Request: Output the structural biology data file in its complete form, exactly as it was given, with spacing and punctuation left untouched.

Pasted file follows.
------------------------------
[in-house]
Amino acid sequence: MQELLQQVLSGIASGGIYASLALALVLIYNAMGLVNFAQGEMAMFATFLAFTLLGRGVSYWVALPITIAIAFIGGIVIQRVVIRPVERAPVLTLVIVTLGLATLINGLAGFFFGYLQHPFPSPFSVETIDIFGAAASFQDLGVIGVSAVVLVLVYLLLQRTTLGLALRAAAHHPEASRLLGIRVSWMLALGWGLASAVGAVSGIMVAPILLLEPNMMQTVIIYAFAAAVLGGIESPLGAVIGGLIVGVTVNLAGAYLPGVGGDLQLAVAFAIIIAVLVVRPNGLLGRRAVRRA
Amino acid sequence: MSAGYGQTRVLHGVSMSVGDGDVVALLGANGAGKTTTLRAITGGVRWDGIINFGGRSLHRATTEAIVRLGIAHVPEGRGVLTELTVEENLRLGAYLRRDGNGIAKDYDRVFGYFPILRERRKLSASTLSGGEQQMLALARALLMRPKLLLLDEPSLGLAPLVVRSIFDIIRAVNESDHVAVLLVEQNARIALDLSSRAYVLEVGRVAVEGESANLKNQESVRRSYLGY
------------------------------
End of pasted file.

[in-house]
Amino acid sequence: MQELLQQVLSGIASGGIYASLALALVLIYNAMGLVNFAQGEMAMFATFLAFTLLGRGVSYWVALPITIAIAFIGGIVIQRVVIRPVERAPVLTLVIVTLGLATLINGLAGFFFGYLQHPFPSPFSVETIDIFGAAASFQDLGVIGVSAVVLVLVYLLLQRTTLGLALRAAAHHPEASRLLGIRVSWMLALGWGLASAVGAVSGIMVAPILLLEPNMMQTVIIYAFAAAVLGGIESPLGAVIGGLIVGVTVNLAGAYLPGVGGDLQLAVAFAIIIAVLVVRPNGLLGRRAVRRA
Amino acid sequence: MSAGYGQTRVLHGVSMSVGDGDVVALLGANGAGKTTTLRAITGGVRWDGIINFGGRSLHRATTEAIVRLGIAHVPEGRGVLTELTVEENLRLGAYLRRDGNGIAKDYDRVFGYFPILRERRKLSASTLSGGEQQMLALARALLMRPKLLLLDEPSLGLAPLVVRSIFDIIRAVNESDHVAVLLVEQNARIALDLSSRAYVLEVGRVAVEGESANLKNQESVRRSYLGY